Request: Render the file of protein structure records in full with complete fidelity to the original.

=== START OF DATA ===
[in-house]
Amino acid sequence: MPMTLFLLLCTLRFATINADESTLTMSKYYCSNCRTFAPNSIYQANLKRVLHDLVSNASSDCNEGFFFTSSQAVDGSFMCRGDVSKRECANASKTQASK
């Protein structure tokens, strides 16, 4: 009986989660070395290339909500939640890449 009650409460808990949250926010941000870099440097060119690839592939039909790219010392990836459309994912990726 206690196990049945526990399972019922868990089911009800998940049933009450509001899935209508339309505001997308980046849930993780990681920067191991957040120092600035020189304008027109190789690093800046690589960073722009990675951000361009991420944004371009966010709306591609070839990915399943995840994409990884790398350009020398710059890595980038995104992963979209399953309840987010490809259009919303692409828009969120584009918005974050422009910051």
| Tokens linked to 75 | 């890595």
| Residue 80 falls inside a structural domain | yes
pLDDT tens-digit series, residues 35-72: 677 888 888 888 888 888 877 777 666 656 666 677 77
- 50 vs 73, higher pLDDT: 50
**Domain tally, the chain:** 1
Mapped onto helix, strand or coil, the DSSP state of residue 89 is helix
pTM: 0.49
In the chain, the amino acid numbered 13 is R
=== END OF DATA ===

[in-house]
Amino acid sequence: MPMTLFLLLCTLRFATINADESTLTMSKYYCSNCRTFAPNSIYQANLKRVLHDLVSNASSDCNEGFFFTSSQAVDGSFMCRGDVSKRECANASKTQASK
């Protein structure tokens, strides 16, 4: 009986989660070395290339909500939640890449 009650409460808990949250926010941000870099440097060119690839592939039909790219010392990836459309994912990726 206690196990049945526990399972019922868990089911009800998940049933009450509001899935209508339309505001997308980046849930993780990681920067191991957040120092600035020189304008027109190789690093800046690589960073722009990675951000361009991420944004371009966010709306591609070839990915399943995840994409990884790398350009020398710059890595980038995104992963979209399953309840987010490809259009919303692409828009969120584009918005974050422009910051």
| Tokens linked to 75 | 């890595």
| Residue 80 falls inside a structural domain | yes
pLDDT tens-digit series, residues 35-72: 677 888 888 888 888 888 877 777 666 656 666 677 77
- 50 vs 73, higher pLDDT: 50
**Domain tally, the chain:** 1
Mapped onto helix, strand or coil, the DSSP state of residue 89 is helix
pTM: 0.49
In the chain, the amino acid numbered 13 is R